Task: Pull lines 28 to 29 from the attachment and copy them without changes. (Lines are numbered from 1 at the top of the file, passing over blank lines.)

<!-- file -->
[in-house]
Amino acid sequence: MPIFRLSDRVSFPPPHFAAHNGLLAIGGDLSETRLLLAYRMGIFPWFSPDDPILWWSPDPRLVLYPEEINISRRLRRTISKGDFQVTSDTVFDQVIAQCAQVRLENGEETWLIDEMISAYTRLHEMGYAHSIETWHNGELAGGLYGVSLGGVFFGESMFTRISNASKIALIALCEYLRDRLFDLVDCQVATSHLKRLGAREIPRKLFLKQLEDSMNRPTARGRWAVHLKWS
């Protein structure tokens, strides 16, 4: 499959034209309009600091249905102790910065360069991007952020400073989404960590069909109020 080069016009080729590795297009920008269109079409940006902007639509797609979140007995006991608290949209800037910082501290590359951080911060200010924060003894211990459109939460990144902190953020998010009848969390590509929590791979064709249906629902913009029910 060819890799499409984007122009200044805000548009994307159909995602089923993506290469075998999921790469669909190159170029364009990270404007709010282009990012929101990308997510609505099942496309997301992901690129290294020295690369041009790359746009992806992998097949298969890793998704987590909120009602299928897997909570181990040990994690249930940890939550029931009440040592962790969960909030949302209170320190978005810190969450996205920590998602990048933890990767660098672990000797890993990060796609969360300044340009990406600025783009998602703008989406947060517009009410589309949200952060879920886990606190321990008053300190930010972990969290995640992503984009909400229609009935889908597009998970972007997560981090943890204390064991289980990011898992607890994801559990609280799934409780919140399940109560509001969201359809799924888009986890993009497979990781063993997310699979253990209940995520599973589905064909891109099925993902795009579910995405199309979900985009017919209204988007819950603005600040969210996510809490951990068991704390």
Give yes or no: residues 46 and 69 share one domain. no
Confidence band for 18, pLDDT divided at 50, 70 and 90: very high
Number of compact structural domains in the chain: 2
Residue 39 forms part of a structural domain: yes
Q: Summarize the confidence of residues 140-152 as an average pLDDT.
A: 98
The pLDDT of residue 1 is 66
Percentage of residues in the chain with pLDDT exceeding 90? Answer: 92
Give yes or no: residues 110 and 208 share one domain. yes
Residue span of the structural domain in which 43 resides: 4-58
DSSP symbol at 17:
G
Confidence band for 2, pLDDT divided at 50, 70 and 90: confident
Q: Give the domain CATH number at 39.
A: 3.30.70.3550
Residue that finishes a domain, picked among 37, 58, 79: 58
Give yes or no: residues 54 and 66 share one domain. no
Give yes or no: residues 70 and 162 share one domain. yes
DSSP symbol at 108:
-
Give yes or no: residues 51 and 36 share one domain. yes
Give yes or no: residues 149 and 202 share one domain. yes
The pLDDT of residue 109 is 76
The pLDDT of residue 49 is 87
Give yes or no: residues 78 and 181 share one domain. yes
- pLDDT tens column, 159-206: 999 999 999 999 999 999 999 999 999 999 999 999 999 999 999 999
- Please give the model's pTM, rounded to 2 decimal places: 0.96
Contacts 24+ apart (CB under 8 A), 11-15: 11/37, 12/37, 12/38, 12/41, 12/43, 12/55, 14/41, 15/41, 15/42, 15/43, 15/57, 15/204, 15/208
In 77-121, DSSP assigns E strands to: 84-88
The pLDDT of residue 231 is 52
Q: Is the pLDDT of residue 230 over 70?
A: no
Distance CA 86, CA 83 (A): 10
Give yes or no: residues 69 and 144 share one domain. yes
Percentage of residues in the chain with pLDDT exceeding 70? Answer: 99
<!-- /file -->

Give yes or no: residues 78 and 181 share one domain. yes
- pLDDT tens column, 159-206: 999 999 999 999 999 999 999 999 999 999 999 999 999 999 999 999